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Posers and Puzzles

Posers and Puzzles

  1. 12 Jan '10 22:50
    Prove:

    If two numbers greater than 1 appear in the same row in Pascal's triangle, then they cannot be coprime.
  2. Standard member ua41
    Sharp Edge
    12 Jan '10 23:53
    I'm not as fluent in mathematics, but could one use the Euclidean algorithm to do such a thing?
  3. 13 Jan '10 13:47
    Originally posted by David113
    Prove:

    If two numbers greater than 1 appear in the same row in Pascal's triangle, then they cannot be coprime.
    i think i've seen this before and it was a relatively cute problem... don't remember the path towards solution though. maybe using the definition of the "choose" numbers, and seeing that some factor not cancelled in n!/k!(n-k)! must also necessarily be present in n!/(k+i)!(n-[k+i])! for any number i<(n-k)? something to that effect?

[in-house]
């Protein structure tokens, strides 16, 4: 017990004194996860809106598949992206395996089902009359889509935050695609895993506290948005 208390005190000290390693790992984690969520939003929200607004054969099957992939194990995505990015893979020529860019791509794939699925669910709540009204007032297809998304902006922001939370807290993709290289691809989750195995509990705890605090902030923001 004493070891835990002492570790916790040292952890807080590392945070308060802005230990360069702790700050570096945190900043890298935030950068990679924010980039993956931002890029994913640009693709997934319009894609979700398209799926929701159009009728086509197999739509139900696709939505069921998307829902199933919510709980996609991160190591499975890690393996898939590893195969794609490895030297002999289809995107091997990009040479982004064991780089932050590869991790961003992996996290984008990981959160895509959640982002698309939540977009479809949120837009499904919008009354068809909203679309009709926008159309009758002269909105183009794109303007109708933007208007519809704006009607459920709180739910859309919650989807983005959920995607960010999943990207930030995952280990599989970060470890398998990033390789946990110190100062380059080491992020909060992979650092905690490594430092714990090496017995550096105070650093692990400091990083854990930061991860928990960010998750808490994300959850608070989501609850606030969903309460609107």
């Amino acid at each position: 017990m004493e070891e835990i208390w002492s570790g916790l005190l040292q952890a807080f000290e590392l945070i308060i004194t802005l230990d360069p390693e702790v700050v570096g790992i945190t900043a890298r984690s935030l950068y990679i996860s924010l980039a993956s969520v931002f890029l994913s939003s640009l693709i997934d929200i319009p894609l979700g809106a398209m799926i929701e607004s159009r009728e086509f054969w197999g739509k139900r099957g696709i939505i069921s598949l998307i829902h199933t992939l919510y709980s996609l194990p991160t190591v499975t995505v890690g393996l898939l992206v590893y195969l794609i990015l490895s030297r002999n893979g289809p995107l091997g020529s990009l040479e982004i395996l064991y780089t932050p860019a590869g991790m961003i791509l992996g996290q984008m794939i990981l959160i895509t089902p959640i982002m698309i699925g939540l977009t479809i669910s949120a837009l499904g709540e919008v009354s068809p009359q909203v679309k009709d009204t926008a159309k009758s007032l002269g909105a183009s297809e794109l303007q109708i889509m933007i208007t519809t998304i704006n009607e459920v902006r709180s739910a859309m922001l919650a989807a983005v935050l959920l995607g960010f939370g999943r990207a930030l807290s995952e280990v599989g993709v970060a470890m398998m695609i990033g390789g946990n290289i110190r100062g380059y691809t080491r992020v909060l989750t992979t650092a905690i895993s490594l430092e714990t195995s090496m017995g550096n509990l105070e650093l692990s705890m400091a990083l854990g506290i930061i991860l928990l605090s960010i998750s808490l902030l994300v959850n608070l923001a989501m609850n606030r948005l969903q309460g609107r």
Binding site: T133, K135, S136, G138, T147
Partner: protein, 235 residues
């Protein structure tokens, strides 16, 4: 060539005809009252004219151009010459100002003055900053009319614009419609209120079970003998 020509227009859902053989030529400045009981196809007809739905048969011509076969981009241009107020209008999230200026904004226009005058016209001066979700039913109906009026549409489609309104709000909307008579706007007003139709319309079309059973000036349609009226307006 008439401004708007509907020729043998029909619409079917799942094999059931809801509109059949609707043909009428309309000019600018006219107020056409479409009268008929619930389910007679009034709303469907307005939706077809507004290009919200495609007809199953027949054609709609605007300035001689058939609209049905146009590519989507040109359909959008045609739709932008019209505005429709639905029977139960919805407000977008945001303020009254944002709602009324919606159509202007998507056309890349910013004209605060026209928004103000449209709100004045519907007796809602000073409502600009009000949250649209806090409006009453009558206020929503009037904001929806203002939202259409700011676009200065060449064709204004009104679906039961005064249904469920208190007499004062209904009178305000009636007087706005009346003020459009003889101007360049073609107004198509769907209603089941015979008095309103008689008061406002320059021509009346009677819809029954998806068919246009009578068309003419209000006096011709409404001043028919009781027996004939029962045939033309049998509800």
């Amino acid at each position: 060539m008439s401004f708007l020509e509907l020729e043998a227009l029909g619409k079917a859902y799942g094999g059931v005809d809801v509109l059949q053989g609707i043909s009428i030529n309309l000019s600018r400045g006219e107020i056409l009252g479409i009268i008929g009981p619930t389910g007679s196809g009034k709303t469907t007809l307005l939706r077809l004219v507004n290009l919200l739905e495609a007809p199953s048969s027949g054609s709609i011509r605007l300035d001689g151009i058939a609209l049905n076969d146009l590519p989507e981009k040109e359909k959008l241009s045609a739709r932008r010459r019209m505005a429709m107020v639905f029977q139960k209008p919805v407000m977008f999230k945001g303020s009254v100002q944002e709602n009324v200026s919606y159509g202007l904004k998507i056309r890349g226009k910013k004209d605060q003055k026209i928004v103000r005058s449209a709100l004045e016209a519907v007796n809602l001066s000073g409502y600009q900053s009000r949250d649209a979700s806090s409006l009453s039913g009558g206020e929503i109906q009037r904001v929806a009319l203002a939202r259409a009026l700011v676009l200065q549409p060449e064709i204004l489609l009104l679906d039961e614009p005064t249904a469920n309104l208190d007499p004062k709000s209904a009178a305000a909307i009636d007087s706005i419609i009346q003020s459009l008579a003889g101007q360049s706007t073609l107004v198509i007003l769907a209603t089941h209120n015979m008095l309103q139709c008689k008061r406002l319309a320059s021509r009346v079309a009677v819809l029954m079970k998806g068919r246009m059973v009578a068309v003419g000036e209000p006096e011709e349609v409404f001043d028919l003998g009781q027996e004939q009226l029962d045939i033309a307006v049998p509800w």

4. Standard member TheMaster37
    Kupikupopo!
    17 Jan '10 17:12
    Here's my go at it. Might be wrong though :/

    Let A = k!(n-k-1)! and C = GCD(k+1, n-k)

    (n over k) = n! / k!(n-k)! = n! / A(n-k)

    (n over k+1) = n! / (k+1)!(n-k-1)! = n! / (k+1)A


    So the GCD of the two is Cn! / (k+1)(n-k)A = Cn! / (k+1)!(n-k)! = C(n over k) / (k+1)

    Since both of the combination-numbers are not equal to 1 we know that k is not 0, n-1 or n.

    From that we have that k+1 divides N but also is smaller than n. And thus the GCD > 1.